Nylon Calculus: Diminishing returns on the step back jumper

SACRAMENTO, CA - JANUARY 02: George Hill /

The iconic shot bigs, guards, and children alike practice in driveways and NBA courts is the same. It is Kobe Bryant’s dagger and James Harden’s go to. It’s also the name of this basketball vertical. Today, we’re looking at one of the most unique shots in basketball: the step back.

Defender distance on pull-up jumpers only sways effective field goal percentage about 2 percentage points. The step back is a tool for taking that same pull-up jumper and creating as much open space as possible between the shooter and the defender.

That being said, the space the step back creates is not always consistent. Take this mismatch with Stephen Curry and Jon Leuer. If Leuer simply put a hand up, Steph wouldn’t really have created that much space.

Using effective field goal percentage we can compare the expected values of different shot types. The league average eFG% is 53.4 percent on catch-and-shoot situations while the step back sits at a modest 51.6 percent. For comparison, league average for the pull-up is 43.1 percent. By these measures, the step back is a clear improvement over a vanilla pull-up and which is one of the reasons that step, and the resulting space it creates, is worth seeking.

However, those numbers are for this season. Over the past few years there has been a clear downward trend in the expected value on step back jumpers.

I think we have started to see the law of diminishing returns start to take effect. As the step back is being used more and more frequently, the average value of those shots has declined precipitously.

We have seen a nice bump each year in the number of step backs attempted but the increase in makes hasn’t kept pace. The top 10 players in makes shoot above league average at a clip of 47.8 percent and the rest of the league shoots slightly below average at 43.1 percent.

There are definitely more players taking step backs — 289 players attempted at least one step back jumper during the entire 2012-13 season, compared to the 334 different players last season. This season, 318 players have already attempted a step back with a high likelihood that total surpasses last year’s mark.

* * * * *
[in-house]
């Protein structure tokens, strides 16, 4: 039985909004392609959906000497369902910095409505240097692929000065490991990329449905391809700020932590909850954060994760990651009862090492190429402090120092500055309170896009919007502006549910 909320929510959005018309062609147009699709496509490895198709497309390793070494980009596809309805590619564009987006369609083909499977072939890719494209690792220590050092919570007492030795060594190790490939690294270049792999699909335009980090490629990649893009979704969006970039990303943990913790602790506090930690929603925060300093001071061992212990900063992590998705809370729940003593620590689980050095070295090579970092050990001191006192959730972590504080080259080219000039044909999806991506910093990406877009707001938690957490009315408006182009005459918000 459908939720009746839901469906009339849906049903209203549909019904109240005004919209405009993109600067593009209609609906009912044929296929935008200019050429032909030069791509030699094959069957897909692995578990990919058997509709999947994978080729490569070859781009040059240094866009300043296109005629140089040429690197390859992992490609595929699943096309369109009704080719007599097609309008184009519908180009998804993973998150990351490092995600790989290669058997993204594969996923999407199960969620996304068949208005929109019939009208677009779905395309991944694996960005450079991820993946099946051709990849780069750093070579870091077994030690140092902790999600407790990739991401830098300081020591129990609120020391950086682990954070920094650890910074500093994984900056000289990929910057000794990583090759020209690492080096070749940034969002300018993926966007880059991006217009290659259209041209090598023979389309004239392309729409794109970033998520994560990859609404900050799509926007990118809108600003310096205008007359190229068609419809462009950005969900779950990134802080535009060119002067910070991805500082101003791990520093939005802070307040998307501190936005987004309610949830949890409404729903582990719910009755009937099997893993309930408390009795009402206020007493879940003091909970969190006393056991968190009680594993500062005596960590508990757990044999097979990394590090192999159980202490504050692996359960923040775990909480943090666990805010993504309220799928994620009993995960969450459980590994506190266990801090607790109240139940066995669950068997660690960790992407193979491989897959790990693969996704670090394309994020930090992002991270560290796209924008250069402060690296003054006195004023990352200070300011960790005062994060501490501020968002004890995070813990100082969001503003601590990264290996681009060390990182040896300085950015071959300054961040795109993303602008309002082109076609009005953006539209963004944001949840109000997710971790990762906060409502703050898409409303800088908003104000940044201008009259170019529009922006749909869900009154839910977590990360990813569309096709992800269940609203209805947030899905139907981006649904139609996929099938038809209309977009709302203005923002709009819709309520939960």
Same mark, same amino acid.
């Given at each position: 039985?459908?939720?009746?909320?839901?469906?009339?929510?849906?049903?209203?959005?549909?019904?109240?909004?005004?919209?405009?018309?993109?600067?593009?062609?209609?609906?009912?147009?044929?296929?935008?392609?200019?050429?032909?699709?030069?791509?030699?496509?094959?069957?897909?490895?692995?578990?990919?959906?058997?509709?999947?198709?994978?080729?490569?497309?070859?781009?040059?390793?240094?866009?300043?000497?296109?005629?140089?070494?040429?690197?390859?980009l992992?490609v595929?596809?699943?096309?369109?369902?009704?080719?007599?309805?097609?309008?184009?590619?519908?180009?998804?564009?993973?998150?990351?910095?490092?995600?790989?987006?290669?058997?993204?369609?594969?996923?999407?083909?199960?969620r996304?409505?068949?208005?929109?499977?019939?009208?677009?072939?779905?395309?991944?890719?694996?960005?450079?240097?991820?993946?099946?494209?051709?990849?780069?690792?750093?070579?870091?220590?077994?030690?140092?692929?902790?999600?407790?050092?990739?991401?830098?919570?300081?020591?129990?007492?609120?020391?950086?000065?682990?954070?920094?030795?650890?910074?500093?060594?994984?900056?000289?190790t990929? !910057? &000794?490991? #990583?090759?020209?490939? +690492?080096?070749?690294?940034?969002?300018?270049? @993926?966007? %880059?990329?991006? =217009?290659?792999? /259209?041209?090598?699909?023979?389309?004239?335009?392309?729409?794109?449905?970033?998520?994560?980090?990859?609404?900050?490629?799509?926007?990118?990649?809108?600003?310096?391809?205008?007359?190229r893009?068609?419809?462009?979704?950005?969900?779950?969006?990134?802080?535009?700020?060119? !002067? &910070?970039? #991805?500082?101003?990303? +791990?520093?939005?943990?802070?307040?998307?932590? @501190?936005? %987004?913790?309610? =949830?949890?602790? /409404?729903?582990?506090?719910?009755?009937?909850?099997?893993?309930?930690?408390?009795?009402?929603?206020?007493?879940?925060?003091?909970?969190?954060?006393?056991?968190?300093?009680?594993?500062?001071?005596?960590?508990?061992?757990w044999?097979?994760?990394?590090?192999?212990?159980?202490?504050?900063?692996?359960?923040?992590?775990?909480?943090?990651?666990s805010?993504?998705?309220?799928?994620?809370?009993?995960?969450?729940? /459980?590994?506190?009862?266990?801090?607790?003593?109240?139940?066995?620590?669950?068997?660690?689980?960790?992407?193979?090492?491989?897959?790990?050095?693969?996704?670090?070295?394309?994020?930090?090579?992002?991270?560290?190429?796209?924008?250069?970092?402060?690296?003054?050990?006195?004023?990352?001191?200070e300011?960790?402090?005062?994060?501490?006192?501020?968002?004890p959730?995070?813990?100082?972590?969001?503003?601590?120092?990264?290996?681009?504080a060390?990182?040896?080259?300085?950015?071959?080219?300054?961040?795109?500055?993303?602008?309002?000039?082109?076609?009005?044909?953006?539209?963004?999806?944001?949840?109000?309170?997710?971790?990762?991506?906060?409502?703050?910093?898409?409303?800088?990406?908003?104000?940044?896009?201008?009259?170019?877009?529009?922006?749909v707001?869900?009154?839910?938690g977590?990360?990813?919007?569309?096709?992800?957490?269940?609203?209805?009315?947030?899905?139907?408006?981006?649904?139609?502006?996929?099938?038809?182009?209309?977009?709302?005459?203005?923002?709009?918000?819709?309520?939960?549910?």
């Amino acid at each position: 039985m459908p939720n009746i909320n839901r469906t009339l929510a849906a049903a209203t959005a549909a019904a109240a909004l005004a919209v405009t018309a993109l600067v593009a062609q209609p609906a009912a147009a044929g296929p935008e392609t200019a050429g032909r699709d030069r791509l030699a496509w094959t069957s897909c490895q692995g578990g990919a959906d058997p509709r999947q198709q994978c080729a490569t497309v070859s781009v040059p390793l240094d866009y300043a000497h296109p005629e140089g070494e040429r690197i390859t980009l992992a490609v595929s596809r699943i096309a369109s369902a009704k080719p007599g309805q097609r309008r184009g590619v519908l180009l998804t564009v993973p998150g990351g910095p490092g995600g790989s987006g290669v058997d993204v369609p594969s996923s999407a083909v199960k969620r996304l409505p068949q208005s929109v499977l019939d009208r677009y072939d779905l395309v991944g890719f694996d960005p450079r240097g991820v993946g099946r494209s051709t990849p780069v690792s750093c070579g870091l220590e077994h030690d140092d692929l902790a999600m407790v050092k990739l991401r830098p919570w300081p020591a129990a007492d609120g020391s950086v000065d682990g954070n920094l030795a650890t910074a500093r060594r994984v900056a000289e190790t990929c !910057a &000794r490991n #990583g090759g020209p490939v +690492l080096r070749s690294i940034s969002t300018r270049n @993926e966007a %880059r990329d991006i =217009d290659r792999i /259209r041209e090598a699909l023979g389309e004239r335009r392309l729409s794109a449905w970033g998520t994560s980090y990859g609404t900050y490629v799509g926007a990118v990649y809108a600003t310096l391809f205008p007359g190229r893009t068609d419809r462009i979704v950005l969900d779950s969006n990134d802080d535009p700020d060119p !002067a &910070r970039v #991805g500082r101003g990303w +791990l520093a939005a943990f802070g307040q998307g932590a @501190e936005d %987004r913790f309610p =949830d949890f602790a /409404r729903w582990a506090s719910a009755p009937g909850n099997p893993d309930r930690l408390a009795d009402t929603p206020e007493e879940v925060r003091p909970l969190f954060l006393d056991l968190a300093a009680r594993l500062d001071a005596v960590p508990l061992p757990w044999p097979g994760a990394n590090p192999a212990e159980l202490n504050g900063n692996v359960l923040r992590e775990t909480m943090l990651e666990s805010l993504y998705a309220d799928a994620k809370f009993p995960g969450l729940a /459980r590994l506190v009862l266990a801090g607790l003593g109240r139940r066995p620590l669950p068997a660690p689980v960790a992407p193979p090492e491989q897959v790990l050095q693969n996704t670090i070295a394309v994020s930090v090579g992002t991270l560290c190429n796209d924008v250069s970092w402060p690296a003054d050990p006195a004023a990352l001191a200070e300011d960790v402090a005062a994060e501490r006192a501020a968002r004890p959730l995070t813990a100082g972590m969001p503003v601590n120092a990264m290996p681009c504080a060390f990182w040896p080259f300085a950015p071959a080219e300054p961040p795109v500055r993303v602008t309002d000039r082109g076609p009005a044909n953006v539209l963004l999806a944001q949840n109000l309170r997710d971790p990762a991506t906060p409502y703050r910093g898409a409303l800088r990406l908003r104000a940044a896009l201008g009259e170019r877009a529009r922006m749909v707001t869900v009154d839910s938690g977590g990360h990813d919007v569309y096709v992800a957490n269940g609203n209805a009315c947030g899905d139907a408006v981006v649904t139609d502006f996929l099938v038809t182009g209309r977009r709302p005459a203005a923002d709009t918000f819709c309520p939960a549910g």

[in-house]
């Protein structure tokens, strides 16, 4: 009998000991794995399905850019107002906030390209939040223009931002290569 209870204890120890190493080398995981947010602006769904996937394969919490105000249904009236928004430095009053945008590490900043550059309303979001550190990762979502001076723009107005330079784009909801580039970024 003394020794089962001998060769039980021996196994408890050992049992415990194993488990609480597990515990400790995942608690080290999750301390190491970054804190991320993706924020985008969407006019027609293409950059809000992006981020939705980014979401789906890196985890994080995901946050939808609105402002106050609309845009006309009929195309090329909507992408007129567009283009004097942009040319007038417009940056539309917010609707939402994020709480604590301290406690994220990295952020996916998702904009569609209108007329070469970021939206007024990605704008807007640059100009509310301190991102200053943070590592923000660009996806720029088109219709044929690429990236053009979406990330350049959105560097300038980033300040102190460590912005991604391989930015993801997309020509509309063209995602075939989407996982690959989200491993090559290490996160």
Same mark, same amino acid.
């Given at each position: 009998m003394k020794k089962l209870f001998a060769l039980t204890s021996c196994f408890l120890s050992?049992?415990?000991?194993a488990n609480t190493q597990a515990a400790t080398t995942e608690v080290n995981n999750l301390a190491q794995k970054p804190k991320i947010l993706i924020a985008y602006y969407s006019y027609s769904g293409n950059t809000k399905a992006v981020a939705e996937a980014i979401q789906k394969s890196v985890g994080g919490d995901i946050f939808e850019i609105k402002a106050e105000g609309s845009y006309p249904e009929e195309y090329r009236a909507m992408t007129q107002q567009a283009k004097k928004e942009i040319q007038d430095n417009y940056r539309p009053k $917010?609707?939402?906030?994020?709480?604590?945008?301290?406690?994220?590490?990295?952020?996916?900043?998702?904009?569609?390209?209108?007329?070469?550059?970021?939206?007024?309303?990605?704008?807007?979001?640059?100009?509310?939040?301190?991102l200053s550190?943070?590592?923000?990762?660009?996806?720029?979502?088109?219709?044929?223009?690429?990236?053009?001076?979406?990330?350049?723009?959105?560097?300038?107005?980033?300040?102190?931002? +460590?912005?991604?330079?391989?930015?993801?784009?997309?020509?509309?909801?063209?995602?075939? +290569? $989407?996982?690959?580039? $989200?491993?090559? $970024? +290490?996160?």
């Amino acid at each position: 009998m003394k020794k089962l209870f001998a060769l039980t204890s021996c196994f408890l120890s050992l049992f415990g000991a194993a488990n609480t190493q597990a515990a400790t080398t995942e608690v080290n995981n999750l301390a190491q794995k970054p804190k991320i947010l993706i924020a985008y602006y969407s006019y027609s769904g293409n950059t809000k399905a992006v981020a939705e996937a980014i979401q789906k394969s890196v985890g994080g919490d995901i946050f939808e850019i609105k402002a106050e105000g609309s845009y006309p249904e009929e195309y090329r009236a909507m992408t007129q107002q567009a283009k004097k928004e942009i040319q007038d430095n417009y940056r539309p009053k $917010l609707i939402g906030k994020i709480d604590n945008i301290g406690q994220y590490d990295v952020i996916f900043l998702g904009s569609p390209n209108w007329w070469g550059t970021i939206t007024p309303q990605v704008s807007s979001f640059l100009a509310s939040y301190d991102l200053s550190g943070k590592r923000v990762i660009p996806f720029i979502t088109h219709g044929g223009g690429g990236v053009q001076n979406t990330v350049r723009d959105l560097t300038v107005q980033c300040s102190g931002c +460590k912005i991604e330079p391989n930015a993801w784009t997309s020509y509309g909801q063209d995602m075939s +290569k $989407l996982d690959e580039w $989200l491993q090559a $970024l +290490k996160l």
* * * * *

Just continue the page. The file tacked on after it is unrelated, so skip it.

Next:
Interestingly, the top 10 players in attempts have had always shot at a higher clip than the rest of the field but to varying levels, with 2015-16 being essentially the same. The differential rests at 5.9 percentage points this year, down from the 8 percentage points last year. This suggest that a decline in the average value of step backs is not necessarily that taking more creates poorer looks. It’s likely that the leaguewide increase in attempts is coming from less skilled shooters adding the shot to their arsenal.

Some tea,ms such as the Rockets, have made concerted efforts to emphasize this type of shot selection. The Rockets have shot 251 step backs so far this season with Portland next closest at 215. We see the Suns and Pacers with over 75 shots less than the Rockets. James Harden is the driving cause in Houston, responsible for 66 percent of Houston’s step back attempts.

James Harden is the step back poster child with 18.3 percent of his total shots being of the step back variety, the only player in the league over 10 percent. He shoots it at a league average clip of 44 percent (per NBA Savant), although a league-average mark at such a high volume is significant.

Steph Curry was the first to discover this and found his sweet spot right around 78 attempts. In terms of efficiency, Curry’s worst year matches Harden’s best. Curry is shooting 70.5 percent so far this year on step backs, although that mark is not even the best of his career.

Not everyone will be Steph; it’s clear a collective group of individual players has started to hit the wall of diminishing returns. Dean Oliver’s Offensive Skill Curves appear to be the best way to interpret this phenomenon. There are some player’s like Michael Jordan who can get the ball one time or 100 times in a game and will be equally as efficient but on the whole it defies nature. For most players though, the more attempts they take the more their efficiency declines.

Next: The Encyclopedia of Modern Moves

If the basketball nerds alike want to take this a step further, we can do an analysis looking at variance and distributions by team in the footsteps of Nylon Calculus contributor Bo Madsen.

All data was used from NBAsavant.com unless otherwise specified.